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Archive for May 4th, 2014

This is probably a little bit cheeky of me but I’m sure The Guardian’s Dave Hill will understand that copy and paste is, digitally speaking, the sincerest form of flattery.

I’m going to reproduce here his two very interesting and lengthy interviews with John Biggs and Lutfur Rahman, whicht he published last week.

I’m told on pretty good authority that Lutfur wasn’t at all happy with the Biggs piece (which is good and measured) and that it was part of the reason he pulled out of yet another debate with the Labour man on a Bengali TV station on Friday night, this time ATN Bangla.

Dave’s interview with the Mayor is also good and Lutfur comes across well in his opening answers. He’s confident on his well practised turf, on issues such as housing. But when he’s put under questioning on the more controversial stuff, he flounders…just as he did with John Ware in the Panorama programme. It’s something that I’ve noticed time and again in the years I’ve known him: he’s just not quick on his feet. I think this is the real reason why he limits his risk for on the spot public scrutiny in debates and at council meetings. I think he lacks confidence in himself, weirdly. He’s not a great public speaker.

What’s missing from both interviews, frustratingly, is the issue of racist accusations. Dave doesn’t really probe either candidate on this, despite it being the main line of attack against Biggs from Lutfur’s camp on the doorstep. I understand from Dave he’ll be addressing this topic in a future piece.

As I warned these pieces are long, so I may be wrong to publish them together, but hey, it’s a Bank Holiday weekend and Liverpool don’t play until tomorrow night…

Here’s the Biggs interview:

The main challenger to the East End’s independent mayor makes a trenchant yet measured case against the way the Town Hall in distinctive part of London has been run

The first time Tower Hamlets voted for an executive mayor, in October 2010, the Labour candidate Helal Abbas was heavily defeated by his independent rival Lutfur Rahman. This time the contest could be much closer.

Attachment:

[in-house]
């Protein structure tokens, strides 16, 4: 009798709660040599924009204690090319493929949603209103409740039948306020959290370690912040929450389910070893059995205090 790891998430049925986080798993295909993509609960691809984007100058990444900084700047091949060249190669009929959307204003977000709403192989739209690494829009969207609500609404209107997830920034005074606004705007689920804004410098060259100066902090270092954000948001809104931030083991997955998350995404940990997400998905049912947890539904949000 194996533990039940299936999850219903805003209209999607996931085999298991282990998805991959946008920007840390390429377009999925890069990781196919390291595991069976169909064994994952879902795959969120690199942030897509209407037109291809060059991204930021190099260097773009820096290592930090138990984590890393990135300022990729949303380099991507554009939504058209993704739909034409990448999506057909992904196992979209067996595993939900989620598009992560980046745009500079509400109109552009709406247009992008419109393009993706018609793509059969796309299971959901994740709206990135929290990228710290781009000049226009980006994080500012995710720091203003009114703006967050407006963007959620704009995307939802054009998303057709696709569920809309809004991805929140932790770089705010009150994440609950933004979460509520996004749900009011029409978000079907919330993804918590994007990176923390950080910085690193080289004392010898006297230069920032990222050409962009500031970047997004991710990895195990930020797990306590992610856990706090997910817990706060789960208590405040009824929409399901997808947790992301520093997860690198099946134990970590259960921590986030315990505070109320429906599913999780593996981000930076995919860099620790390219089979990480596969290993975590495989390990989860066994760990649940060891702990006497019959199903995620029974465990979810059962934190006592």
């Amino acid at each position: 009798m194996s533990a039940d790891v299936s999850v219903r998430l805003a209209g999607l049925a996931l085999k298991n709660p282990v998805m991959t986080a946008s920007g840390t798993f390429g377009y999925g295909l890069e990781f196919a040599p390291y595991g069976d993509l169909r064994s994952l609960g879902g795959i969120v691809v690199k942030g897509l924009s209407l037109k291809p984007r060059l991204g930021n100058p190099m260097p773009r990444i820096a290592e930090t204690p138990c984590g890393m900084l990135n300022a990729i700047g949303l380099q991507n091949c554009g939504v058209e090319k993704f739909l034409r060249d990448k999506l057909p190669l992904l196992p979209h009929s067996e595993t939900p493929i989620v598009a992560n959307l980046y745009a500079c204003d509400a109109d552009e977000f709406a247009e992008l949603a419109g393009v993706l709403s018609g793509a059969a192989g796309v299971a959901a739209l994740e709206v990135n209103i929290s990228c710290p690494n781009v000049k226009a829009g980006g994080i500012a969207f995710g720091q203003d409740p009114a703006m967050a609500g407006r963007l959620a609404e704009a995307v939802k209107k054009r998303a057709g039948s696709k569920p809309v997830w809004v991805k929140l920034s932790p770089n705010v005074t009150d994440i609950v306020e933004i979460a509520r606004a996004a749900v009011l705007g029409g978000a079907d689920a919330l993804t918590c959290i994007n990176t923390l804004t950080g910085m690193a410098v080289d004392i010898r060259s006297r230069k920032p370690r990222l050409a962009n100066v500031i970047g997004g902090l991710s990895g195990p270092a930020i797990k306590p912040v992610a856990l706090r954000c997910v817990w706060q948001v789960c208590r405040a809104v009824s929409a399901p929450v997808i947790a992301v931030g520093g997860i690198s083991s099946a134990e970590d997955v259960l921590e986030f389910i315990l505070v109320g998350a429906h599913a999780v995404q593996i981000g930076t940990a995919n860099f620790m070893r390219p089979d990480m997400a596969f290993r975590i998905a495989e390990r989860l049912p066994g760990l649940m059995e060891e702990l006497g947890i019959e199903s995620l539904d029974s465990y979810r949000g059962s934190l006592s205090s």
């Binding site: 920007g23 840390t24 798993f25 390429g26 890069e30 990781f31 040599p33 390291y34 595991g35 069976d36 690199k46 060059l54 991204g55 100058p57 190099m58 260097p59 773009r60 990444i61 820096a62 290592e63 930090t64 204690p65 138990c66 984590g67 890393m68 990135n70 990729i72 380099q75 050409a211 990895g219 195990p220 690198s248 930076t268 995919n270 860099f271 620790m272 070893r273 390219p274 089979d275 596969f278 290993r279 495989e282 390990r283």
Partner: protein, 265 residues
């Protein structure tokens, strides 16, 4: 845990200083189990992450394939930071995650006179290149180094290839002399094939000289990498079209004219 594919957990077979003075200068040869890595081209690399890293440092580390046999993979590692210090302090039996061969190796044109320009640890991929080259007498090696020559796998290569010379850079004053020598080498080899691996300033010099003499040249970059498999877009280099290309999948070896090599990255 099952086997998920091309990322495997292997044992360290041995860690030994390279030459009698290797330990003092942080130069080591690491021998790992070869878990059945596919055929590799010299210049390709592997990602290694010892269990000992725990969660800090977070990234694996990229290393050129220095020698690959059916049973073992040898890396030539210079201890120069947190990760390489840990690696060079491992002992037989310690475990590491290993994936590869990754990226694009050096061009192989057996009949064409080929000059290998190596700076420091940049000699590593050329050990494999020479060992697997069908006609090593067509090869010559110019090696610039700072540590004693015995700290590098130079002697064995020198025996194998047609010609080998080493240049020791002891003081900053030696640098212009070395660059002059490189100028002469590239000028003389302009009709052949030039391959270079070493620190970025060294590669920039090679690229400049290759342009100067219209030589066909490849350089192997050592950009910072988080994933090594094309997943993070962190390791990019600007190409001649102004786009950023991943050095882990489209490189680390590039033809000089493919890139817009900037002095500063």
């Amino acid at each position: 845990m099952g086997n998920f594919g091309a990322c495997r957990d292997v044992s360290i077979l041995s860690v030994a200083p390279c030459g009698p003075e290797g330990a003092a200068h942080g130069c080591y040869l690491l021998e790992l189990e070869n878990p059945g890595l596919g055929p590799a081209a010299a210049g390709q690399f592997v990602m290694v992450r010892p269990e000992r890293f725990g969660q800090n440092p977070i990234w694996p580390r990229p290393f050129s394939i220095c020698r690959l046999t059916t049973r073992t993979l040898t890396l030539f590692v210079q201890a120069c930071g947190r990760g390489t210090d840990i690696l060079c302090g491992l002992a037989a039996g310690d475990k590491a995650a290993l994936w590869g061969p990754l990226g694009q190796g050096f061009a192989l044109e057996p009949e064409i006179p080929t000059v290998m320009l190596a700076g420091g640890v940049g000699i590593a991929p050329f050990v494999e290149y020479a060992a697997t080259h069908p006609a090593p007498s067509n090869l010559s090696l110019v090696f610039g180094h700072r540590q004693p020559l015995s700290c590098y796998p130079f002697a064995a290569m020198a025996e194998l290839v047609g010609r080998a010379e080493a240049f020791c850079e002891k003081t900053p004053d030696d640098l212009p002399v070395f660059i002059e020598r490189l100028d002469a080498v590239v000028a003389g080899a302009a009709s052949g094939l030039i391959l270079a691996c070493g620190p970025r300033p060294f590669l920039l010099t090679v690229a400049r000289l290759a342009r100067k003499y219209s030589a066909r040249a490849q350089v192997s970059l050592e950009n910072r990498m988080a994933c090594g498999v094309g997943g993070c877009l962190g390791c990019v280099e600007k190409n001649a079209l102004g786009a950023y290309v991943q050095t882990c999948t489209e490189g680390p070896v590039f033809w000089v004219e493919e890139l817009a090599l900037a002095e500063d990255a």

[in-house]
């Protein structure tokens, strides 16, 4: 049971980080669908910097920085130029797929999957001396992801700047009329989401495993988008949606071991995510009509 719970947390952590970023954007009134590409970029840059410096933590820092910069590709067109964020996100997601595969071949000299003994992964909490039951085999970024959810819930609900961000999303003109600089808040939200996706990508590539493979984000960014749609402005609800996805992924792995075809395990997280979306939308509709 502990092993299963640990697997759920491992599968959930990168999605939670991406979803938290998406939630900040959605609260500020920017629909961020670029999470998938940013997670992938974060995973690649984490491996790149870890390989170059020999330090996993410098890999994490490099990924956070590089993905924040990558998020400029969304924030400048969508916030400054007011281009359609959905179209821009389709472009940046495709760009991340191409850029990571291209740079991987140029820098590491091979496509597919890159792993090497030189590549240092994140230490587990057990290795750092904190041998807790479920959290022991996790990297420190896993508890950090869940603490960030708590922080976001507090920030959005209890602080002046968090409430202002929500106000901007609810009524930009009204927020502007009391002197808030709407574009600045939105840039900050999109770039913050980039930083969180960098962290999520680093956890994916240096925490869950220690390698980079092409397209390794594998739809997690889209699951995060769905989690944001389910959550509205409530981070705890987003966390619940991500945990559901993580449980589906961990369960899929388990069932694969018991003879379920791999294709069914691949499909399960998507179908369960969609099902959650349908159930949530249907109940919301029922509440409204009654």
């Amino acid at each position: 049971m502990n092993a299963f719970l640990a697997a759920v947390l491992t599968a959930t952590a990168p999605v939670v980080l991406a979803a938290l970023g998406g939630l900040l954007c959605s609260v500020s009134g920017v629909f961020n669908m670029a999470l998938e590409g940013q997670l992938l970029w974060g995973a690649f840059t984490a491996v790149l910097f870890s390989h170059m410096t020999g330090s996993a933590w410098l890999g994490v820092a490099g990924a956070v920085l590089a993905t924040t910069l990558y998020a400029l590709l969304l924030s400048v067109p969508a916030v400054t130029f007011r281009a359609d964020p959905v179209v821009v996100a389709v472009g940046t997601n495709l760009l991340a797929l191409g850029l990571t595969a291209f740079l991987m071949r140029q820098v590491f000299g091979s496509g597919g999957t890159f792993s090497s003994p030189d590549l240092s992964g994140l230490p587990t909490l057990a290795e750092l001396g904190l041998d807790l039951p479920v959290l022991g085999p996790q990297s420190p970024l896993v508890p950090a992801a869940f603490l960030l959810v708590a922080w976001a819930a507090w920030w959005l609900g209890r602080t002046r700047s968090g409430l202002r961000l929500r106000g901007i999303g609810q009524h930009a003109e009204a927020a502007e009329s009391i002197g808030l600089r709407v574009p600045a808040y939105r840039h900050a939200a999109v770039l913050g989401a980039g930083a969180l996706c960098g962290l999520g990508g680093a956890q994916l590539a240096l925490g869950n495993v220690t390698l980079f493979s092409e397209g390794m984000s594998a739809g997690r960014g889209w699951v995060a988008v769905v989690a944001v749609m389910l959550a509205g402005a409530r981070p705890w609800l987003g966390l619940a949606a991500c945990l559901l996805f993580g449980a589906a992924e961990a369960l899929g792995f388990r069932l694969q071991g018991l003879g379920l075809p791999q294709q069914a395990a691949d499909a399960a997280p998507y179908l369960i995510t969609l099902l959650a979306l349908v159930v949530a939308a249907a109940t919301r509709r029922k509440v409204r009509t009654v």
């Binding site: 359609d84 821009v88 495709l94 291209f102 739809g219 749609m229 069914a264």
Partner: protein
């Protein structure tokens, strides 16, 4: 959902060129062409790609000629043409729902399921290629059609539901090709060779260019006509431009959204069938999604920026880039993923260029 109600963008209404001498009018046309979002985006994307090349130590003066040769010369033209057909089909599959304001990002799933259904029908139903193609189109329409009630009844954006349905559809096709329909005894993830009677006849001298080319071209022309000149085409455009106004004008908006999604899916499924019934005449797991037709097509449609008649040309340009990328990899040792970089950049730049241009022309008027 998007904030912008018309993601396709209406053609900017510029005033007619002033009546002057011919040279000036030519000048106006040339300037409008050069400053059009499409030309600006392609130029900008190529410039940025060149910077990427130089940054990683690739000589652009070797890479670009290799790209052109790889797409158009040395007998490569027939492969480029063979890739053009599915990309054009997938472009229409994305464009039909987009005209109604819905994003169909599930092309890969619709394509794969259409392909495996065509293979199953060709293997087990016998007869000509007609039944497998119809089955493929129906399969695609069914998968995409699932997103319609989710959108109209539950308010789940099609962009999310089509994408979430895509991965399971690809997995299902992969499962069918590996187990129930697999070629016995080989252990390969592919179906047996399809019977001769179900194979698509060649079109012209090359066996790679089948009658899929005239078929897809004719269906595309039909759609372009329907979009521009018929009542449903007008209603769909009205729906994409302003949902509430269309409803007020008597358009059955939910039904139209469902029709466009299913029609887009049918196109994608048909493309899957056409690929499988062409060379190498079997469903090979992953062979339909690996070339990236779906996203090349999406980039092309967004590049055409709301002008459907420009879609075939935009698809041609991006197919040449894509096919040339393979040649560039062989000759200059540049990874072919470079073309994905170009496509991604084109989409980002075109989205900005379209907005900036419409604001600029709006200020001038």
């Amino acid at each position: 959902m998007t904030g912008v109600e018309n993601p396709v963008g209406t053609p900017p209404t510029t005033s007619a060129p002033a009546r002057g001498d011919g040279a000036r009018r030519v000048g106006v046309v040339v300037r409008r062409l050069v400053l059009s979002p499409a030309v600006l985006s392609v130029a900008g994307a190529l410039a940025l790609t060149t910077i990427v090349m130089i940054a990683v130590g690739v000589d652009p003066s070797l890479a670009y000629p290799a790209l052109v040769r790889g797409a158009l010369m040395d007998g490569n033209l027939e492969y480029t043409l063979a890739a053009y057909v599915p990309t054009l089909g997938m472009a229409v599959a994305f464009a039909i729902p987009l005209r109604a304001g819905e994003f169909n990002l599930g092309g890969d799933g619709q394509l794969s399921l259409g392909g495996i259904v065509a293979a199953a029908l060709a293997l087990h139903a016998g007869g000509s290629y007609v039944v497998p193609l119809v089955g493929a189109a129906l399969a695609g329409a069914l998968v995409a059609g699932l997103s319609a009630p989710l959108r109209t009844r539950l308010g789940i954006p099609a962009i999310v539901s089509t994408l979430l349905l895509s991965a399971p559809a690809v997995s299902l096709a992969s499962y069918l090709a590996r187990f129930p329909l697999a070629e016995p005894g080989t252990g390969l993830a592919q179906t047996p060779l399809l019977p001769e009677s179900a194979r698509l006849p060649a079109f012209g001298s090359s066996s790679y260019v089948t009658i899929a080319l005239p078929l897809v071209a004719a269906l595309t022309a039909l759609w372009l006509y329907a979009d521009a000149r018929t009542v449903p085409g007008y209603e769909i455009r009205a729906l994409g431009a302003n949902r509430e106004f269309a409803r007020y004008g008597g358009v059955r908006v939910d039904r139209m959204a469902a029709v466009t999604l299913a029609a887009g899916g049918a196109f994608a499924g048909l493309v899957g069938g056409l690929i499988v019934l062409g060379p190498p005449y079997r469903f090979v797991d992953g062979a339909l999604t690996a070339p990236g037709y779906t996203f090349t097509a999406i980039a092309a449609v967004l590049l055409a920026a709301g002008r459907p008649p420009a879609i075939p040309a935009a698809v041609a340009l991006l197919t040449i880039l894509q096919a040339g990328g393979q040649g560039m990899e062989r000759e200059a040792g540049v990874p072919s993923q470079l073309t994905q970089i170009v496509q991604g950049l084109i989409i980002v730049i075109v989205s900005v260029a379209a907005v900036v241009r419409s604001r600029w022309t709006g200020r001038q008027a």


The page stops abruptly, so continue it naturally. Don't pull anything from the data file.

Four years ago, the mayoral ballot took place in isolation. This time, it will be held on the same day as the votes for borough councillors and members of the European parliament. This should produce a much higher turnout, which, according to orthodox opinion, would help Labour’s 2014 candidate John Biggs. Tower Hamlets politics, though, are nothing if not distinctive.

I spoke to Biggs for around 90 minutes last week, initially at a nice but rather noisy cafe near Bethnal Green’s Museum of Childhood and then at the Labour Party office on Cambridge Heath Road. Aged 56, he’s an experienced politician who became a Tower Hamlets councillor in 1988 and led Labour in opposition from 1991-94, a period when the council was run by a controversial Liberal Democrat administration, which Biggs wryly characterises as “a sort of bolt-hole for the League of Cockneys”.

It was during this period that a BNP candidate won a by-election in the borough. “It was quite a rough time,” says Biggs, who led Labour to a huge win in 1994 only to be deposed as leader by fellow Labour councillors the following year. But he plays down the borough’s enduring reputation for political viciousness. “It’s not that bad here, really,” he says, perhaps surprisingly.

Biggs grew up in Barnet, studied chemistry at Bristol University, and then moved to the East End which, he says, “politicised and energised” him. He went on to work as a financial analyst in the City of London. Since 1990 he has represented Tower Hamlets, along with Newham and Barking and Dagenham, on the London Assembly and he is deputy leader of the Labour Group at City Hall.

Our conversation covered housing, employment, schools policy, how politics and religion should co-exist, fostering harmony in a diverse and largely poor part of the capital, building an ‘outward-looking’ attitude among the borough’s people, and the repeated allegations made against Rahman that he fosters a culture of favouritism towards his fellow Muslims with the help of questionable friends. Some of Biggs’s views may surprise. Now read on…

Dave Hill: Is Tower Hamlets a badly-run council?

John Biggs: By and large, no. In its day-to-day services it’s not catastrophically bad. It’s quite good in a number of areas – education’s improved massively over the years, though that’s been a 20-year journey. No individual mayor or leader can take credit for it. There are a number of areas where there is anxiety. One is that this area is going through massive change. A lot of that is about property development and demographic change. The price of land is going up and people are being squeezed out.

The other thing that sits alongside that, and has done for over a century in East London, is the way in which different communities work together, which can sometimes be a cause of tension. Quite often external people will stir things up, whether it’s Oswald Mosley or the BNP or George Galloway. But people come to East London because they’ve got a hunger to get things done and they feel quite often that they are competing for opportunities with other people. So what is needed is a leadership here that understands that and is seen as fair. And the big problem we have here at the minute is that the council leadership is not seen as being above the sometimes divisive inter-community competitiveness.

Has the running of the council deteriorated under the current mayor?